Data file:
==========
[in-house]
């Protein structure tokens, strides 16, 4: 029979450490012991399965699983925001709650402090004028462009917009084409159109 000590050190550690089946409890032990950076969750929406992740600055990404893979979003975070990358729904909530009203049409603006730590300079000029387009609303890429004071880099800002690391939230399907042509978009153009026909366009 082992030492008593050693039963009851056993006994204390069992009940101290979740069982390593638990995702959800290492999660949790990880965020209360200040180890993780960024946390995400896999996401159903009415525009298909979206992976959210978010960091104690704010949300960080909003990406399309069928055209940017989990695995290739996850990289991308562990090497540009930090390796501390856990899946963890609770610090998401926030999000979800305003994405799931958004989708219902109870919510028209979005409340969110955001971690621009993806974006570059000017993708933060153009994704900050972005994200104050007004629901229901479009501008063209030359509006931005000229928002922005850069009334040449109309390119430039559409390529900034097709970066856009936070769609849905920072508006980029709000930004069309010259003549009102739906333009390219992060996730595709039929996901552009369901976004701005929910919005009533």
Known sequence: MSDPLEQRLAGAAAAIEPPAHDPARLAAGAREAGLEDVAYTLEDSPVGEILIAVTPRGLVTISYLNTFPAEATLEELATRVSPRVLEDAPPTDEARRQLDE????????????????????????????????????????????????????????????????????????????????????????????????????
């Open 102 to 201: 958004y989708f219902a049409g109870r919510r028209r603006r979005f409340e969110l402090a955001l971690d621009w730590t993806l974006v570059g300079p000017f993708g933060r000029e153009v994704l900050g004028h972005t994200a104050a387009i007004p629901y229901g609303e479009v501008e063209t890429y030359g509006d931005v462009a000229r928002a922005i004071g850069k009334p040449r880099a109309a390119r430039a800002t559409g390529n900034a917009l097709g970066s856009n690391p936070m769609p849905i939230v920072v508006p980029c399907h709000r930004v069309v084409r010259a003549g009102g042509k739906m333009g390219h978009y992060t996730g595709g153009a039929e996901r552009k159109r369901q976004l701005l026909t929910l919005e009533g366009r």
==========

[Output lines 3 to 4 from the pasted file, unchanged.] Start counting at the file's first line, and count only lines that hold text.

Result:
Known sequence: MSDPLEQRLAGAAAAIEPPAHDPARLAAGAREAGLEDVAYTLEDSPVGEILIAVTPRGLVTISYLNTFPAEATLEELATRVSPRVLEDAPPTDEARRQLDE????????????????????????????????????????????????????????????????????????????????????????????????????
């Open 102 to 201: 958004y989708f219902a049409g109870r919510r028209r603006r979005f409340e969110l402090a955001l971690d621009w730590t993806l974006v570059g300079p000017f993708g933060r000029e153009v994704l900050g004028h972005t994200a104050a387009i007004p629901y229901g609303e479009v501008e063209t890429y030359g509006d931005v462009a000229r928002a922005i004071g850069k009334p040449r880099a109309a390119r430039a800002t559409g390529n900034a917009l097709g970066s856009n690391p936070m769609p849905i939230v920072v508006p980029c399907h709000r930004v069309v084409r010259a003549g009102g042509k739906m333009g390219h978009y992060t996730g595709g153009a039929e996901r552009k159109r369901q976004l701005l026909t929910l919005e009533g366009r």